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Mulki, Abe discuss bilateral relations

By JT - Jul 16,2017 - Last updated at Jul 16,2017

Prime Minister Hani Mulki meets with his Japanese counterpart Shinzoō Abe in Tokyo on Friday (Petra photo)

AMMAN — Concluding his visit to Japan that started on Wednesday, Prime Minister Hani Mulki on Friday discussed bilateral relation with his Japanese counterpart Shinzoō Abe, the Jordan News Agency, Petra, reported.

During the meeting, Mulki and Abe also discussed the latest developments in the Middle East and the challenges facing the region, such as the Syrian crisis.

Mulki expressed appreciation for the official invitation to follow up on the outcomes of His Majesty King Abdullah’s visit last year.

He stressed the “deep rooted and strategic” relations between Jordan and Japan, appreciating the Asian country’s financial and technical support to the Kingdom, especially during those “critical” circumstances.

Talks covered the Syrian refugee crisis, which affected Jordan at the security, social and economic levels, with a direct cost of JD10.6 billion and JD3.5 billion as indirect cost since 2012, as a result of hosting 1.3 million Syrian refugees.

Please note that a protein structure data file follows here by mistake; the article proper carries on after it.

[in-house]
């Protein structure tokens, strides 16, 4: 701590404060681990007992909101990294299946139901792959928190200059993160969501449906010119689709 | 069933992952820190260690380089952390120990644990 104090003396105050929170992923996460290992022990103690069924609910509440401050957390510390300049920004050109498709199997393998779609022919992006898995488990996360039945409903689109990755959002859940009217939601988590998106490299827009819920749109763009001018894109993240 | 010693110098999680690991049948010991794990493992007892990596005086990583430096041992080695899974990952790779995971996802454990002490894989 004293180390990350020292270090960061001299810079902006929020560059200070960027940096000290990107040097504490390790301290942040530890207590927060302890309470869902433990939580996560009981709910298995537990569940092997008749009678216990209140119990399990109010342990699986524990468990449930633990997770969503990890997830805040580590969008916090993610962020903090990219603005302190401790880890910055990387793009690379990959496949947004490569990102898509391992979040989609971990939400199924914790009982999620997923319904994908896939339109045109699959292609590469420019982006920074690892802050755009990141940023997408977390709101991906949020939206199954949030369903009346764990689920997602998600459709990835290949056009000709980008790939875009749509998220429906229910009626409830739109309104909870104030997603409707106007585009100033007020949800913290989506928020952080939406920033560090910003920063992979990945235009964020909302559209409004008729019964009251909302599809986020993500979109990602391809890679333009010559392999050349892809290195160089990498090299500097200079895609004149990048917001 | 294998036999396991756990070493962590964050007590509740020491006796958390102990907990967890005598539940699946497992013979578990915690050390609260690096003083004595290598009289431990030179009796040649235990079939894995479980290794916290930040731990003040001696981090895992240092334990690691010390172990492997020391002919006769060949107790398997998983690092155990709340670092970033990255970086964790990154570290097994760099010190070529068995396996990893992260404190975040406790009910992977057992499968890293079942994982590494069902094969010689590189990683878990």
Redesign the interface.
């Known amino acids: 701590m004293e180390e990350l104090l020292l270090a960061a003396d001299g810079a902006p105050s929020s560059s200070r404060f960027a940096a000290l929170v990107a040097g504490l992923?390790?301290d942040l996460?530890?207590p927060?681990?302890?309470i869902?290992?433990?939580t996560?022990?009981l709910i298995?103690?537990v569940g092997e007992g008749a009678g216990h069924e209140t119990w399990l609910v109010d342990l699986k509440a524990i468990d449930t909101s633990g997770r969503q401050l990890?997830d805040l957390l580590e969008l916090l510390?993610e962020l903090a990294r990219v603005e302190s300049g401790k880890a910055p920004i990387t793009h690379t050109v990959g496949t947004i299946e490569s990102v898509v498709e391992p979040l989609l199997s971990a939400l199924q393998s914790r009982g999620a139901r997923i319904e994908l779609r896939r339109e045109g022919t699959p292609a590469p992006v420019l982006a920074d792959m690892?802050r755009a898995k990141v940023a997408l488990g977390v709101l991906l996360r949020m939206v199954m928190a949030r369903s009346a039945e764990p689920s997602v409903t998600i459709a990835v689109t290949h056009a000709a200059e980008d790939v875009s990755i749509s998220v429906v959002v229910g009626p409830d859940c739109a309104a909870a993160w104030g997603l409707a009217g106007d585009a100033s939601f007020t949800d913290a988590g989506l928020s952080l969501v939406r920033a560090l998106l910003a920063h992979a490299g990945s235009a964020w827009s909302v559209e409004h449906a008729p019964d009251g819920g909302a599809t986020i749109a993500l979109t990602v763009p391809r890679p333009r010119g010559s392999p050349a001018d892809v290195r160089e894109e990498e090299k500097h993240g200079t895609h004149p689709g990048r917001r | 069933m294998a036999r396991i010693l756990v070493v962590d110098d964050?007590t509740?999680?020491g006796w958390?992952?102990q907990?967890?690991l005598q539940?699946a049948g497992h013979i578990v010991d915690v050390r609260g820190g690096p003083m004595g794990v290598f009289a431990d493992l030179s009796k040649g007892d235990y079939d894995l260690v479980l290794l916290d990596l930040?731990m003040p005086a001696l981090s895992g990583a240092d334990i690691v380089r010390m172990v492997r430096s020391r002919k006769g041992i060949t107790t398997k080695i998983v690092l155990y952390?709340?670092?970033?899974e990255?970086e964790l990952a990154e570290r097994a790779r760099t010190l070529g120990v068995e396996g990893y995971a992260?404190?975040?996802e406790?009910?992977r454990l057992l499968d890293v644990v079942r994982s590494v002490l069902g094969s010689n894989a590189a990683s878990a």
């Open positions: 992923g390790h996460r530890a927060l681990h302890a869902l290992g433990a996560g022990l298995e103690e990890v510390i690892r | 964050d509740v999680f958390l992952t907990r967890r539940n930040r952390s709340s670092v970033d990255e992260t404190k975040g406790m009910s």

He expressed appreciation of the Japanese investment initiative that began last year and aims to enhance economic partnership between the two countries.

He also commended the Japanese companies’ contribution to investment in Jordan in various fields such as mining, electricity and renewable energy.

Mulki thanked Japan for supporting the Red Sea-Dead Sea Conveyance Project, which he described as a vital and “peace-enhancing” project in the region, commending Japan’s “Peace Path” initiative that was launched 10 years ago.

He stressed the importance of the international community’s commitment to support Jordan in continuing  assistance to Syrian refugees and host communities.

He said that Jordan is an active member of the international coalition to fight the Daesh terror group within a comprehensive military and ideological approach, noting that failing to solve the Palestinian issue in a just manner would only result in more frustration among Muslims, generating further extremism.

For his part, Shinzō Abe stressed that Jordan is one of the primary “pillars” of security and stability in the Middle East and reiterated Japan’s keenness on supporting it in this regard.

Abe announced a $12 million grant to support the project of improving water quality in Amman’s Ain Al Basha region, in addition to $21 million that were previously granted to improve water supply in Irbid, 80km north of Amman.

 

Mulki noted that Jordan and Japan will hold their annual dialogue related to development cooperation in last quarter of 2017.  

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